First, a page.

11 June 2020 - Ecclesiastes 4:9-16
11 June 2020Ecclesiastes 4:9-16
Love and unity, in marriage and fellowship.
“Two are better than one, because they have a good return for their labour: If either falls down, one can help the other up. But pity anyone who falls and has no one to help them up. Also, if two lie down together, they will keep warm. But how can one keep warm alone? Though one may be overpowered, two can defend themselves. A cord of three strands is not quickly broken.”
We are created to have close fellowship
Our walk with God is not meant to be a solitary life. We are created for fellowship with each other and with God. When we walk through life and through our journey with God, it is essential to have someone who is committed to journeying with us. For this reason, when Jesus sent the disciples out to spread the Gospel, he instructed them to go two by two (Luke 10:1). This passage in Ecclesiastes is contrasted with the preceding verses 7-8 that tell us about a discontented and miserly man who chose to toil endlessly for more wealth even though it brought him no pleasure and he had no-one to share it with. This lonely selfish life is meaningless and miserable. We are made to share fellowship with each other and to bless and support others. When we encounter challenges or setbacks in our faith, we are more able to defend ourselves if we have a partner who is able to encourage us and also to rebuke us with all authority (Titus 2:15). This reflects true fellowship and accountability. For this, we need to submit to the people in our fellowship and learn to be accountable to others in fear of the Lord (Ephesians 5:21). You cannot be in close fellowship or partnership with someone if you do not want to be held accountable to them. Deciding to “do my own thing” is essentially a reluctance to be accountable. It is disobedience to God’s word and purpose.
A loving marriage
This passage also gives us an understanding of a Christian marriage. No marriage can thrive without love. However, the kind of love that is meant here is covenant love. Covenant love is a promise to love each other unconditionally and selflessly. Paul compares love in a marriage to Jesus’ sacrificial love for us all (Ephesians 5:25). This love is very different to the romantic love that we are familiar with in songs and movies, that depends on a particular feeling. But we know that feelings are deceptive. The prophet Jeremiah said, “The heart is deceitful above all things and beyond cure. Who can understand it?” (Jeremiah 17:9). A person who does things according to how they are feeling is highly unreliable. Instead, a successful relationship requires people who will faithfully honour their commitment. A faithful and committed marriage produces great reward and comfort.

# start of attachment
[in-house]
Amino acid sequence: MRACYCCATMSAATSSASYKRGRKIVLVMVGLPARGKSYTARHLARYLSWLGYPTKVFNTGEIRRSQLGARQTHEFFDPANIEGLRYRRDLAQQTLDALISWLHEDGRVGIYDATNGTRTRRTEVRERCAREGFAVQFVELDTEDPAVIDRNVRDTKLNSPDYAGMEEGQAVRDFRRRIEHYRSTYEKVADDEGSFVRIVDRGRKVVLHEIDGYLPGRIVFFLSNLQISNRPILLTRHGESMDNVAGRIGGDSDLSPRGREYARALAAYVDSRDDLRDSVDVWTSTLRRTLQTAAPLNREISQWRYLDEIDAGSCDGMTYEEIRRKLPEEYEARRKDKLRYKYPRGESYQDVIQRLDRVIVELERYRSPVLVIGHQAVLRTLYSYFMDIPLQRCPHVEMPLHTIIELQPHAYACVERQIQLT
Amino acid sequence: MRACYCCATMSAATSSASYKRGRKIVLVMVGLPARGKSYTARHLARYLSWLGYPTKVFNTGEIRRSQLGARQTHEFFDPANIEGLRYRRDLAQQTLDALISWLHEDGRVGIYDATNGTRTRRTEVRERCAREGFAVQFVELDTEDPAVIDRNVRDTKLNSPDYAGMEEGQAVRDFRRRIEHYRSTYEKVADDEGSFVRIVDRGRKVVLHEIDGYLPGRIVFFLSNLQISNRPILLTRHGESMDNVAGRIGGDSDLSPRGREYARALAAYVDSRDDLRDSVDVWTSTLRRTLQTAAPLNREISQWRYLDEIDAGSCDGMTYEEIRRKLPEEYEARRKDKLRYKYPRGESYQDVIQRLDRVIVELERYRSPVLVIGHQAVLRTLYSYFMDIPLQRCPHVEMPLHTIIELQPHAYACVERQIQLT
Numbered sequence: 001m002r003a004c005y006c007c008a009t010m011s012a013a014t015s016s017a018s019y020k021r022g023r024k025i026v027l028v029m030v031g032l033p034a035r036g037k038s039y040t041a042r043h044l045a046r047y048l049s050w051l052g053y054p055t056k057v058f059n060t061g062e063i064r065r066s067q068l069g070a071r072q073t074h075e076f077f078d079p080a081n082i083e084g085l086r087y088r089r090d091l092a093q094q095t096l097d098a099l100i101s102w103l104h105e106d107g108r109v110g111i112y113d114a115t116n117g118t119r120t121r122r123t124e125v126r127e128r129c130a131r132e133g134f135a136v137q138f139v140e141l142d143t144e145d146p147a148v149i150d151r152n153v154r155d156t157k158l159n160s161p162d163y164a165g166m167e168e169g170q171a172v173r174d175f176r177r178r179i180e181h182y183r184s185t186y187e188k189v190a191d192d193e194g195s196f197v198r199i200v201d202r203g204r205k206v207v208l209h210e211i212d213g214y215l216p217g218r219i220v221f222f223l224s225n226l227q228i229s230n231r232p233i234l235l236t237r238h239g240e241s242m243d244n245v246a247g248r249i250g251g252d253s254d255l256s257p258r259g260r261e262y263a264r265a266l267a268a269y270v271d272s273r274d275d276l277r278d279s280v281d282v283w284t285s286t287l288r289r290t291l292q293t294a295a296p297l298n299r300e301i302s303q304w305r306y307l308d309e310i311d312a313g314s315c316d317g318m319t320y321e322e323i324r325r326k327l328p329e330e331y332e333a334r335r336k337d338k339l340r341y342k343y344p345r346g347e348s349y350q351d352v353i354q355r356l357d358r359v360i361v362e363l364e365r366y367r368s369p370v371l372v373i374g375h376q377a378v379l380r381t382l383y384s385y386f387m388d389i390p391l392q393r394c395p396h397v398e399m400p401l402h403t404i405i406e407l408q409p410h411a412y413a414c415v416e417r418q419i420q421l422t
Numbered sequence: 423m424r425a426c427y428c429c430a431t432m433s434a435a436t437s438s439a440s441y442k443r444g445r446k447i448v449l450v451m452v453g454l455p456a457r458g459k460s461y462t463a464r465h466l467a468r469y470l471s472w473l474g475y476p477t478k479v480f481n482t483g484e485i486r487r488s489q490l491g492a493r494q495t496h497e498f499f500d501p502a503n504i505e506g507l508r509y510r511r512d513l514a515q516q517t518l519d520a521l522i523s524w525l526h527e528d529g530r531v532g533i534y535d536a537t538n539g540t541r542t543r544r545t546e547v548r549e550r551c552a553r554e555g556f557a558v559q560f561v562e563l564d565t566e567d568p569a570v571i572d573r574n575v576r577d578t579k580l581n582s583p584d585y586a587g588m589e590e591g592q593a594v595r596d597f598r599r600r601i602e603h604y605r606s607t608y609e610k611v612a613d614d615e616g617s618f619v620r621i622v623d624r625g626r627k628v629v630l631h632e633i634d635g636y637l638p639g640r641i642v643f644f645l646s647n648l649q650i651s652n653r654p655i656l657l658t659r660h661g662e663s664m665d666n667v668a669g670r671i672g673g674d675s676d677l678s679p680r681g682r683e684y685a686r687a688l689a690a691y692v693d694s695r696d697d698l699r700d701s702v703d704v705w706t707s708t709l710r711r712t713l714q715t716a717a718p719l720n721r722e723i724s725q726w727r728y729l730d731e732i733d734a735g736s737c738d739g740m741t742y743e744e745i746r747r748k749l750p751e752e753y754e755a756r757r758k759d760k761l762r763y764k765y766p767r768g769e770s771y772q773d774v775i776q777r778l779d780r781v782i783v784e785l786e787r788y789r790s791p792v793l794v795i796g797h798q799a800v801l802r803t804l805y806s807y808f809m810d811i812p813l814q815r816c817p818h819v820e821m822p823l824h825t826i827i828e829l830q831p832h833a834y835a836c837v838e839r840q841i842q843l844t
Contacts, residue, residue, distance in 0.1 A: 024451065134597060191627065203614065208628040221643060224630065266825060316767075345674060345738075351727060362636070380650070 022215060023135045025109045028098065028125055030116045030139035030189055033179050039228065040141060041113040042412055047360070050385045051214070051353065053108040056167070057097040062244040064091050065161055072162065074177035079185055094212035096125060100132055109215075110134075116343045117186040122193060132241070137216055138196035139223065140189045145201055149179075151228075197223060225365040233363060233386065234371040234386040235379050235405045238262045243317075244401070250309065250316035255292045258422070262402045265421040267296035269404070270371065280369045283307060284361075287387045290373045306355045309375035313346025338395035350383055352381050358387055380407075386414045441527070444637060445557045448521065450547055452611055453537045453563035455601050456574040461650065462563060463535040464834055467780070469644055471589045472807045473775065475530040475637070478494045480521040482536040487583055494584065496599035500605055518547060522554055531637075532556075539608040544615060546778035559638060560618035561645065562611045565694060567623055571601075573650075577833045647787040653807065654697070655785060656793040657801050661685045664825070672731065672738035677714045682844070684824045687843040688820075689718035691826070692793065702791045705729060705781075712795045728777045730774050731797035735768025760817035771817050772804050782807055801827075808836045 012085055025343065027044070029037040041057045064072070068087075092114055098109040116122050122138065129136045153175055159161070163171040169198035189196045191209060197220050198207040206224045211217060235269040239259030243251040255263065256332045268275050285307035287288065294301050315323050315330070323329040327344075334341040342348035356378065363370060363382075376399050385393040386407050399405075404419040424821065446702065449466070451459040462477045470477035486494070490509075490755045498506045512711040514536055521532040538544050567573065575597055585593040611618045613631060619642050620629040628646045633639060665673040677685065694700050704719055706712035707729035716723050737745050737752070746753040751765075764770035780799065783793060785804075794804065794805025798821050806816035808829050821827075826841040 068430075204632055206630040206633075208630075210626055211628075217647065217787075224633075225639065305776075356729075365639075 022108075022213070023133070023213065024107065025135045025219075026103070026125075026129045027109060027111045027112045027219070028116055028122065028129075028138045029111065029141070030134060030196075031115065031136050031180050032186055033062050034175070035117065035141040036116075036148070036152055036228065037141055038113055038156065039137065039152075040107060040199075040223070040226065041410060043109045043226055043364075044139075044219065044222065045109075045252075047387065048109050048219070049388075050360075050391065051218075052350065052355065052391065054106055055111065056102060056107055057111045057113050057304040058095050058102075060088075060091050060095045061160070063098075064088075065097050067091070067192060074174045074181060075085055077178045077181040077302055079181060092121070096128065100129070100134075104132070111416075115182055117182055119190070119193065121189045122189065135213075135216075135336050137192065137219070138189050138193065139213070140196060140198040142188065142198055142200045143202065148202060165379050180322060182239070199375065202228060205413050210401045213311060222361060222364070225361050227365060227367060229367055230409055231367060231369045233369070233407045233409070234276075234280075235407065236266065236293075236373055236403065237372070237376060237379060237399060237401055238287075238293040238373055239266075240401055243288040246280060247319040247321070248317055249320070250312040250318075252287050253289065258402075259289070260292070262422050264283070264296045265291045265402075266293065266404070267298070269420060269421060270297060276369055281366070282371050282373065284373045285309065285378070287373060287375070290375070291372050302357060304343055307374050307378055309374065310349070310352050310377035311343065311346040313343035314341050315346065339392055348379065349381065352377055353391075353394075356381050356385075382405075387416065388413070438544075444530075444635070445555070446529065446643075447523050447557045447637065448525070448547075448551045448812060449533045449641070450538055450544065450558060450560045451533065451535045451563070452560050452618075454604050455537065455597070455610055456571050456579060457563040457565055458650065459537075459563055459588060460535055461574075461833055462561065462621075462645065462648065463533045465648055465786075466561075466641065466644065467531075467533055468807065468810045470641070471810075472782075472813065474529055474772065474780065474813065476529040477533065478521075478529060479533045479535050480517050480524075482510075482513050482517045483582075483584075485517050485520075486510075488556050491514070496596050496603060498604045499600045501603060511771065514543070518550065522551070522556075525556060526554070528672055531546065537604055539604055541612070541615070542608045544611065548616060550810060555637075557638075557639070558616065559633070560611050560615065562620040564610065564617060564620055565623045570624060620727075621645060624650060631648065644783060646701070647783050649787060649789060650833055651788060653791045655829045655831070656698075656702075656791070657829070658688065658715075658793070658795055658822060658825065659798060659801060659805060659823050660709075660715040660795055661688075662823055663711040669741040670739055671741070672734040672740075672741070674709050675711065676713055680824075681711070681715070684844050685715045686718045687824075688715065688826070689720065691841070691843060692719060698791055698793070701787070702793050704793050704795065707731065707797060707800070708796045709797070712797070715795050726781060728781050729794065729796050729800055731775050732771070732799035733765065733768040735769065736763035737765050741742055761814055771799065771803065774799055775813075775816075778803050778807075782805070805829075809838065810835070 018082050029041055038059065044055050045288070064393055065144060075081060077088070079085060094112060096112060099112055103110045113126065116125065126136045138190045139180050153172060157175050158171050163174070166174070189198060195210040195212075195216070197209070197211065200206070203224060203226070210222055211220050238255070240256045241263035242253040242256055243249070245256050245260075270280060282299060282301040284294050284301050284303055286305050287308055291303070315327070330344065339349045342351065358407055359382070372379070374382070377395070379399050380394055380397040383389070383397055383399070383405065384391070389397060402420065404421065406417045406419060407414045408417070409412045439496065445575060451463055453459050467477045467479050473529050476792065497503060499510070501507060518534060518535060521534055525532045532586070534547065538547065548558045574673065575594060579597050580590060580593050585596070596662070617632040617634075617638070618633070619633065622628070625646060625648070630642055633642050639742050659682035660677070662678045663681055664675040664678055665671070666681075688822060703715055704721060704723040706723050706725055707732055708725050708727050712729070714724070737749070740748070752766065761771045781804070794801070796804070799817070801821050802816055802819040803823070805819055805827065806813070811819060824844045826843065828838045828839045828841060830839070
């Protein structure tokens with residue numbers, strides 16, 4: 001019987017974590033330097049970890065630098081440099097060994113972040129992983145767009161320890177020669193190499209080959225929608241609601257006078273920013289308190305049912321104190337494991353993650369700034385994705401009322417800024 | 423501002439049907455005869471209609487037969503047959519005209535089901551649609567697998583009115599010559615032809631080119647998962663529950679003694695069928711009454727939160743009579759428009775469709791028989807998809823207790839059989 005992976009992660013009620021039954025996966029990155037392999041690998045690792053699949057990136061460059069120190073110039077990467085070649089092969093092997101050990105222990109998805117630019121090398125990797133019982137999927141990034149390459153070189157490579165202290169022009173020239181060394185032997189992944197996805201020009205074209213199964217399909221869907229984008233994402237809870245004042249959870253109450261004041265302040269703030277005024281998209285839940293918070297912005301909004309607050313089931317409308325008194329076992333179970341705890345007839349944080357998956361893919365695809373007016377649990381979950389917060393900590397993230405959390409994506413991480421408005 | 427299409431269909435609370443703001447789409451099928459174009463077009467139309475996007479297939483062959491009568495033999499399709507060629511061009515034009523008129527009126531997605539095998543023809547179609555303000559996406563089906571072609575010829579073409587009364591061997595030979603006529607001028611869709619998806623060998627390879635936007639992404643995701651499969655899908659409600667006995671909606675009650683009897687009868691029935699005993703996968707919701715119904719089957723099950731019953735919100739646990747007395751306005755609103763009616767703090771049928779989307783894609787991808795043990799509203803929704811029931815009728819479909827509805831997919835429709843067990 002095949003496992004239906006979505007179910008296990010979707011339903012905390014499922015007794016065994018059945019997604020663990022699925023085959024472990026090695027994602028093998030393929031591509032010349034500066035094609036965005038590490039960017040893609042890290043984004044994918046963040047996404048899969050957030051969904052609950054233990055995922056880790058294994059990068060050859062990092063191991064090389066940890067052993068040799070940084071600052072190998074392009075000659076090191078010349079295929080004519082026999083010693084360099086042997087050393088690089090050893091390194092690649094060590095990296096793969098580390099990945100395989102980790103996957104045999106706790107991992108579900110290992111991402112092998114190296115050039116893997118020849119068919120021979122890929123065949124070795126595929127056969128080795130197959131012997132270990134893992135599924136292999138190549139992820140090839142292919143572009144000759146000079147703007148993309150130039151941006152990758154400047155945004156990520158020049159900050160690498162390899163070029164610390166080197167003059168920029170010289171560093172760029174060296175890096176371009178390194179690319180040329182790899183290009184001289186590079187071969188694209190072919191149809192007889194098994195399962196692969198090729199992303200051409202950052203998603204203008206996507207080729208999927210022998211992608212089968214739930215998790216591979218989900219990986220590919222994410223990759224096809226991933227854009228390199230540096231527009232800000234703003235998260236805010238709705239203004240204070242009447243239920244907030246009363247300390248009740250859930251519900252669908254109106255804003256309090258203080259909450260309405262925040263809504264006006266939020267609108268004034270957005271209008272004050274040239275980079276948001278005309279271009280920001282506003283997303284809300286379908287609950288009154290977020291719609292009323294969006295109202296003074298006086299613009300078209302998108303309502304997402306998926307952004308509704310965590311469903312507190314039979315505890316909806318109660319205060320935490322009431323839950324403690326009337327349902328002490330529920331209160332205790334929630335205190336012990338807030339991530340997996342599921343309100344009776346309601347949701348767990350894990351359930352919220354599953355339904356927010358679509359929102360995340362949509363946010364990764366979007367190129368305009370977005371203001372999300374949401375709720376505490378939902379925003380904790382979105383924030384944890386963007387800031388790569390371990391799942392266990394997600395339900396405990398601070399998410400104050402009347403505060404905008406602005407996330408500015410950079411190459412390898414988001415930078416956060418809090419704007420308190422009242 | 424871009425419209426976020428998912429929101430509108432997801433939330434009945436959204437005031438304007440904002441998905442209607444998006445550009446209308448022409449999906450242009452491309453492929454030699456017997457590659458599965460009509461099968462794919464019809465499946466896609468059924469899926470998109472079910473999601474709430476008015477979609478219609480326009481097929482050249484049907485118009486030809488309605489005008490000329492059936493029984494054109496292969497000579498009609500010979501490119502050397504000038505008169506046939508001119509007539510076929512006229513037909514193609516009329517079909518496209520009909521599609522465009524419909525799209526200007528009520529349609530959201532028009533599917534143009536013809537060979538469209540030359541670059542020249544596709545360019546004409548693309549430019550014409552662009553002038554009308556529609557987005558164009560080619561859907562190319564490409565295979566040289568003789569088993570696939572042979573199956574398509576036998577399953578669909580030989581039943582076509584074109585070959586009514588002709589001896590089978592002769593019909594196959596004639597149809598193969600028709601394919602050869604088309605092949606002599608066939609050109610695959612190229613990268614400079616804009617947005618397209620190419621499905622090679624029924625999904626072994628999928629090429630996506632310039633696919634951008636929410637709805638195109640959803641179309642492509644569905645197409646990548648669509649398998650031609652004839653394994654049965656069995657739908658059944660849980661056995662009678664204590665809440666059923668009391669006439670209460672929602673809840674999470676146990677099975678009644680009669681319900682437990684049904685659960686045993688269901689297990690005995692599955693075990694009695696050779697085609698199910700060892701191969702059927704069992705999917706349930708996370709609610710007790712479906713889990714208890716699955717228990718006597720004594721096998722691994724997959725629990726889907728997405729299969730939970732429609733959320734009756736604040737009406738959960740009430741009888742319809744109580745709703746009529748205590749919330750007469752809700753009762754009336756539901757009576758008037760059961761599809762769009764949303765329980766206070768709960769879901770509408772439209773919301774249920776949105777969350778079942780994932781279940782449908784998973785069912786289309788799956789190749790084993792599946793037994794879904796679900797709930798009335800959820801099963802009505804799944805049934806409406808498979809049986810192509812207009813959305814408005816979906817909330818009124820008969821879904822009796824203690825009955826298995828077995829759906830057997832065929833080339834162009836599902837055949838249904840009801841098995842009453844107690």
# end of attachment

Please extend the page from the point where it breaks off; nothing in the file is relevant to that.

Whilst a marriage consists of a relationship between a husband and a wife, it is vital to have God as the ‘third person” in the union. This is because none of us is capable of loving someone unconditionally throughout all the challenges that life can bring us, without God’s help and guidance. God himself is love (1 John 4:8). Only God is capable of perfect love (love that goes to any length to help and does whatever it takes to reach). How many of us are able to show love and compassion to our spouse all the time, even when we do not feel like it? Having been married for 20 years, I can confirm that this is not possible. This is why we need to go to God for help and guidance. We need to consistently train our mind and spirit to be guided by God, so that we will never tire of doing what is good (2 Thessalonians 3:13). From experience, I can confidently tell you that if you do not make God the “third person” in your marriage, something or someone else will come along to fill that space. It could be our own selfish desires, resentment, rage, strife, disappointment, fear or unfaithfulness.